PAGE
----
Sunset Overdrive gameplay trailer features weapons, factions, enemies
From Xbox Wire:
The fictional world of Sunset City might seem like a nice place to grab a drink with friends, but it most certainly is not. In fact, as home to the worlds largest beverage producer, Fizzco, its the epicenter of the apocalypse. The disaster begins when a bad batch of the companys energy drink, Overcharge Delirium XG, infects those attending a party to celebrate its launch. It turns them into zombie mutants of various shapes and sizes, which leaves you with two jobs: killing zombies, and having plenty of fun doing it.
See, while video game apocalypses are often slow slogs through miserable wastelands, the one which Insomniac Games has devised to overwhelm Sunset City is anything but. "Sunset Overdrive" revels in color and motion, trading dilapidated old buildings for elaborate urban palaces, built with multiple traversable levels in mind. Players can run, grind, zip-line, wall-run, and bounce off the hoods of cars at pretty much all times, using the environment to their advantage in this one-man war against the odds (no pun intended).
"Sunset Overdrive" is indeed a lot of things, but "slow" is not one of them. During the games lengthy initial design stages, leads Marcus Smith and Drew Murray decided that the game needed a strong sense of momentum at its base. So they tried littering props like oil slicks and mattresses around the city to let the player slide and bounce around it, but it felt silly. So they started removing: "At some point, we decided there would be no ladders in the game -- that was another big one for us," says Smith. The entire city was re-imagined, with an emphasis on speed; they turned fence-climbing into fence-vaulting, threw in some grindable rails and power lines, and effectively transformed the feel of the game.
"Sunset Overdrive" borrows elements from the likes of "Prince of Persia," "Tony Hawks Pro Skater," and "Jet Set Radio" (among others) to create its vision of the apocalypse: the "awesomepocalypse." Laws and social norms are tossed out the window, and Sunset City becomes your playground. Traversal and gunplay are the name of the game, and youll be doing them simultaneously. The more impressive your performance -- shooting enemies while grinding, taking out groups of them at once, maintaining a constant state of motion -- the heavier your damage capabilities become.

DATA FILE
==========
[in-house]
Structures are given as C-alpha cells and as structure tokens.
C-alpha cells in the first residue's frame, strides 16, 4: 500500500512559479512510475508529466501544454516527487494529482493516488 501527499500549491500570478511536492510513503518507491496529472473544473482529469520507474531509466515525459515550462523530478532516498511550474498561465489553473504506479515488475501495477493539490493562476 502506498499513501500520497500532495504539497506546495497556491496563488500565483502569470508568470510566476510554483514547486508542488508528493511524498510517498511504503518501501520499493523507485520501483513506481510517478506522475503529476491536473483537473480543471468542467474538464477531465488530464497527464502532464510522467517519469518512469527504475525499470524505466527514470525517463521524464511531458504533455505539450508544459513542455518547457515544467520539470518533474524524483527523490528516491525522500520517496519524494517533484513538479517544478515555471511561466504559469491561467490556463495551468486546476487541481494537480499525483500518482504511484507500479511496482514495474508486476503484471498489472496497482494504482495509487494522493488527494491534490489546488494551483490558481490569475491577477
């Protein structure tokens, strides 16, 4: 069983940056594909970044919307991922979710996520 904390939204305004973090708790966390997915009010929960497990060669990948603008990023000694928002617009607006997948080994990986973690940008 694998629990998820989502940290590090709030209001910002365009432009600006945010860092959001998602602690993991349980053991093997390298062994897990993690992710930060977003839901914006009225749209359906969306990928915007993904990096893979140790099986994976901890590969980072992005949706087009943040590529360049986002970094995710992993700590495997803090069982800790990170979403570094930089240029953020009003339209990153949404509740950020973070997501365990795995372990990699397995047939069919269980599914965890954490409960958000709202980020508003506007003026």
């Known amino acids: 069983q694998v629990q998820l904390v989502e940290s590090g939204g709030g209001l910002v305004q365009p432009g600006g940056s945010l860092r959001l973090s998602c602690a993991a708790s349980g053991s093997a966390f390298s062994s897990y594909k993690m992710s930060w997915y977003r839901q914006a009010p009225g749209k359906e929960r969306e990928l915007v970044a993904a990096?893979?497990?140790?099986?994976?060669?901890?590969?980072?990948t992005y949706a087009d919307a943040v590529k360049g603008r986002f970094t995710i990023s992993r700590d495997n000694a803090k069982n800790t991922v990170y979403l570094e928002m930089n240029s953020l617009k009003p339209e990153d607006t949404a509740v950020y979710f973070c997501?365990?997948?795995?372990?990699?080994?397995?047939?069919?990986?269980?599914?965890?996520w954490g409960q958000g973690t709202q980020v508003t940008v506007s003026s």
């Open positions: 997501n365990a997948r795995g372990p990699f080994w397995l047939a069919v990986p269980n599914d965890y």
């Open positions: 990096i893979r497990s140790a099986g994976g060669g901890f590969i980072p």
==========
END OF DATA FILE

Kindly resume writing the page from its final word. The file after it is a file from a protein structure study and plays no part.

The games customization systems are expansive as well. Not only can you precisely tailor your character from a huge number of body parts and clothing pieces, but an Amps system lets you craft weapons and other tools to help you along the way. Recipes scattered around Sunset City require cans of Overcharge to be combined with other items to craft Amps; weapons each have Amp slots, which serve to upgrade them with powers that go well beyond simple stat buffs (though you get those, too).
Like "Dead Rising 3," "Sunset Overdrive" features boatloads of enemies, which attempt to swarm you en masse while you escape using your exceptional sleight of foot. Your ultimate goal is to topple the Fizzco empire -- but along the way, youll be offered a great number of side missions and other diversions by everyone from comic book collectors to fortune tellers. This is an open world game through and through, and youll want to explore every crack of it when it launches for Xbox One later this year. Just remember: No matter how thirsty you are, dont drink the soda.
With a guiding design sensibility best summarized by the single word "awesomepocalypse," you might expect "Sunset Overdrive" to incorporate some pretty memorable, over-the-top weapons -- and you’d be right. They can all be upgraded using the game’s Amps (which you’ll craft from parts found throughout the environment), and they all receive various buffs and upgrades if your Style meter is raised. Here, we dig into a few of the boomsticks that make the end of days such a jolly good time.
TnTeddy: Rather than use something so mundane as dynamite, the TnTeddy launches cute teddy bears that explode on impact. The idea belonged to one of the game designers -- who sent out an email with no text, but an image of a teddy bear, a plus sign, and a pack of dynamite. Fire it when your style meter is ramped up (achieved by shooting enemies while grinding, taking out groups of them at once, etc.), and the plume from the resulting explosion takes the form of a teddy bear.
AK-FU: Like an AK-47 but with 1000% more middle finger, this assault rifle is accurate as all get-out, and holds plenty of ammo. It’s not great for huge groups of enemies, however -- so don’t bring it to zombie prom.
Captain Ahab: A bottle of overcharge powers this harpoon, which can take out an enemy in a single shot. On impact, they’ll spill forth Overcharge from their tubular bodies, drawing mutants which scramble to the floor to get a sip of the sweet, sweet elixir that infected them in the first place. While they’re down, well... you know what to do.
High Fidelity: A gun that fires vinyl records -- and you better believe that you will hear the songs on them playing as they fly through the air. Like many of the game’s more left-field ideas, this was one that seemed absurd until a designer stuck it in... and it worked, resoundingly well. These death-records are great to fire into busy areas teeming with zombies, as the LPs will actually ricochet around objects in the game world before hitting their targets.
Hover Turret: A so-called "fire-and-forget" weapon, this sucker launches a miniature helicopter equipped with a 9mm pistol, which fires at nearby enemies.
Excalumune: An upgrade to your standard melee weapon, chock full of electricity and fire effects. Not suitable for children.
Roman Candle: A veritable laser light show of a weapon, it fires out multicolored shots that fizzle and crack as they dance about the screen. Its high spread makes it great for dealing with large groups of mutants. And it’s festive, too!